Could you tell us a little bit about yourself for those who don’t know?
I’m a freelance/session drummer based in London, mainly working within the pop/singer-songwriter scenes both live and in the studio. Over the past few years I’ve toured and played with Niall Horan, Isaac Gracie, Jade Bird, James Morrison, Rumer, Will Young, Rebecca Ferguson and Jacob Banks to name a few.
We like talking about gear. What are the main components of your live setup?
I’m not really a gear nerd to be honest! I’m currently playing Ludwig drums and Zildjian cymbals and pretty much use the same set up on most things. When in the studio I have a couple of old kits I like to use, depending on the music of course. I have a ‘60s Rogers kit which sounds unbelievable and I’ve also just picked up a ‘60s Ludwig downbeat kit. I like picking up odd bits of gear from drum stores on my travels so I have a load of old cymbals and odd percussion things.
You’ve performed everywhere from jam nights in Guildford to Hyde Park and international areas. Do you adapt your setup depending on the venue/your schedule?
As I said before, my setup mainly stays the same with most gigs. Rack and floor tom, kick, maybe a couple of snare drums. In most pop situations these days there is almost always a requirement to run some electronics and track, so you can incorporate sounds and samples from the record etc. I will usually have a few triggers and pads alongside the acoustic drums.
How about when you’re not touring? Do you have a studio setup or any gear that you like to use at home?
Currently I don’t have a studio space, the joys of London rent…but if I did I would probably invest more in some old mics and pre-amps rather than have lots of different drums. I’ve started to buy bits of studio gear on eBay – so when the time comes and I have a suitable space, I can just move in ready to go.
Can you think of any particular equipment that’s changed your approach to performance or music as a whole?
Not really…I would say though if you want to have a career in today’s music scene, a little knowledge of programming and running tracks is a must, especially if you’re taking more of a musical director role. At the most basic level, being familiar with an SPD-SX inside-out so you can start incorporating samples and loops up to knowing your way around an entire playback rig running Ableton, Cymatic or something similar.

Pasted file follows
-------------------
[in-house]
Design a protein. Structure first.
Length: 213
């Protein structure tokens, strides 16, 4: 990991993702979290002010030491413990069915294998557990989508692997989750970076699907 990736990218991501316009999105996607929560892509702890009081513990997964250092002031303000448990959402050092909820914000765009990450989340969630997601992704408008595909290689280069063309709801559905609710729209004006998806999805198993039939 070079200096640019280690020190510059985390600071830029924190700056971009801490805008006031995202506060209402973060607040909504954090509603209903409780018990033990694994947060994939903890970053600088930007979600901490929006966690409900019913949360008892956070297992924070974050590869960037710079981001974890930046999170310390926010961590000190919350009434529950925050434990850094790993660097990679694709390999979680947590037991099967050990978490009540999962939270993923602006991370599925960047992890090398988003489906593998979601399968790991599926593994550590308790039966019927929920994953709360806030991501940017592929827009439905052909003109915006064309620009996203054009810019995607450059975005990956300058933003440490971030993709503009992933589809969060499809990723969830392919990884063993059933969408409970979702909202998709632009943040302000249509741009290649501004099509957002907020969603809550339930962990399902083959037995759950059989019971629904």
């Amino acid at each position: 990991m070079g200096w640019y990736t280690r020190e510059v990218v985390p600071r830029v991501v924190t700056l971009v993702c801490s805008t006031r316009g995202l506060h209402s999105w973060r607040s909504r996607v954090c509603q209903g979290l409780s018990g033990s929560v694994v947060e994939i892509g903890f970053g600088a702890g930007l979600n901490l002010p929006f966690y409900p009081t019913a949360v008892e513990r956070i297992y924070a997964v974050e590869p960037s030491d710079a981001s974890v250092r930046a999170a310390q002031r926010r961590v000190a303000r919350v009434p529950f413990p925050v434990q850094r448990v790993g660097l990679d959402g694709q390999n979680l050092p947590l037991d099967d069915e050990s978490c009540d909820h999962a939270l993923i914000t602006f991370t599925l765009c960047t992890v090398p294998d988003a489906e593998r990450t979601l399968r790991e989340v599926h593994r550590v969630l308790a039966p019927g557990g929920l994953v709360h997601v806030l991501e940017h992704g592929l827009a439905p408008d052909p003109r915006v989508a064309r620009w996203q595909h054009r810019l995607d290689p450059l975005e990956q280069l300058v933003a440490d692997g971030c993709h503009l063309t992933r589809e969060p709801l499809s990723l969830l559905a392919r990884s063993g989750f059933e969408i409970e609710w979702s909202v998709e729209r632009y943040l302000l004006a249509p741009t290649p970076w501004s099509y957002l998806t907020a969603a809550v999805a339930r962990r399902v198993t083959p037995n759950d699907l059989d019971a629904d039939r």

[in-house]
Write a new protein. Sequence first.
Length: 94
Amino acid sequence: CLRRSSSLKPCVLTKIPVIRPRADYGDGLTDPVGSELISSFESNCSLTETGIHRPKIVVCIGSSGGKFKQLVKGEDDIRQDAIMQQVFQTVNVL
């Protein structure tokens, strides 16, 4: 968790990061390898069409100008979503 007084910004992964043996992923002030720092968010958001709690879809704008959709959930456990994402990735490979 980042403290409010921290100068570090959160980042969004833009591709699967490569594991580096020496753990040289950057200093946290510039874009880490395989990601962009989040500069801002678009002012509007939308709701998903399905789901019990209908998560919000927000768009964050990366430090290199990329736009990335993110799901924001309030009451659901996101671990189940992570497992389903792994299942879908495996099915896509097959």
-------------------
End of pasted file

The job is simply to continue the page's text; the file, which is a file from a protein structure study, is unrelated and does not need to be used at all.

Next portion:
Saying that, most of the situations I’ve been in the MD has programmed everything and has the show already up and running. I just press play and stop and try my best not to fuck it up! Also on bigger production tours there’s usually a playback tech who’s all over it and you don’t really have to worry about anything apart from just playing the gig. I’m definitely not one of the go-to Ableton guys, but just having a basic knowledge is a good thing I think.
Do you own or use any wildcard bits of gear that our readers might not expect?
Not really wildcard but I have some old Session Pro hi-hats. Session Pro is like a Fisher Price drum kit brand you used to be able to buy in Argos. The cymbals that come with kit are essentially plastic. I found these hats in a mate’s attic, covered in shit and all the rest of it. They sound absolutely incredible on record! Really gritty and funky sound. Sometimes things just work when they really shouldn’t!
Who would you cite as an influence when it comes to your style and setup?
Way too many to write down on here but I love James Gadson, Andy Newmark, Jim Keltner, Ringo Starr, Jim Gordon, Keith Moon as well as a lot of today’s session heroes like Ash Soan, Victor Indrizzo, Matt Chamberlain, Matt Johnson, Joey Waronker. I think Jon Theodore and Ilan Rubin are also really exciting. I’m also inspired by a lot of guys currently on the scene in London…Dan See who plays with Jamie Woon, he’s unbelievable. Freddy Sheed is also a guy to look out for.
Obvious question, but do you maintain any sort of practice routine?
Currently no. I don’t have a space in my flat, so I try to maintain my hands on a pad. I listen to a lot of music and try to keep searching for records and to keep inspired.
How about warming up before a show? Any tips or tricks you’ve learned over the years?
I never used to but usually before a gig I’ll maybe spend 20 mins or so just warming up my hands on the pad. Also a bit of stretching, but that’s it really.
I always feel I don’t have much advice to pass to younger guys as I have so much to learn myself.
Many musicians struggle with the idea of music & creativity becoming ‘work’, thus losing some of its magic. Have you ever experienced this, and if so, how did you work past it?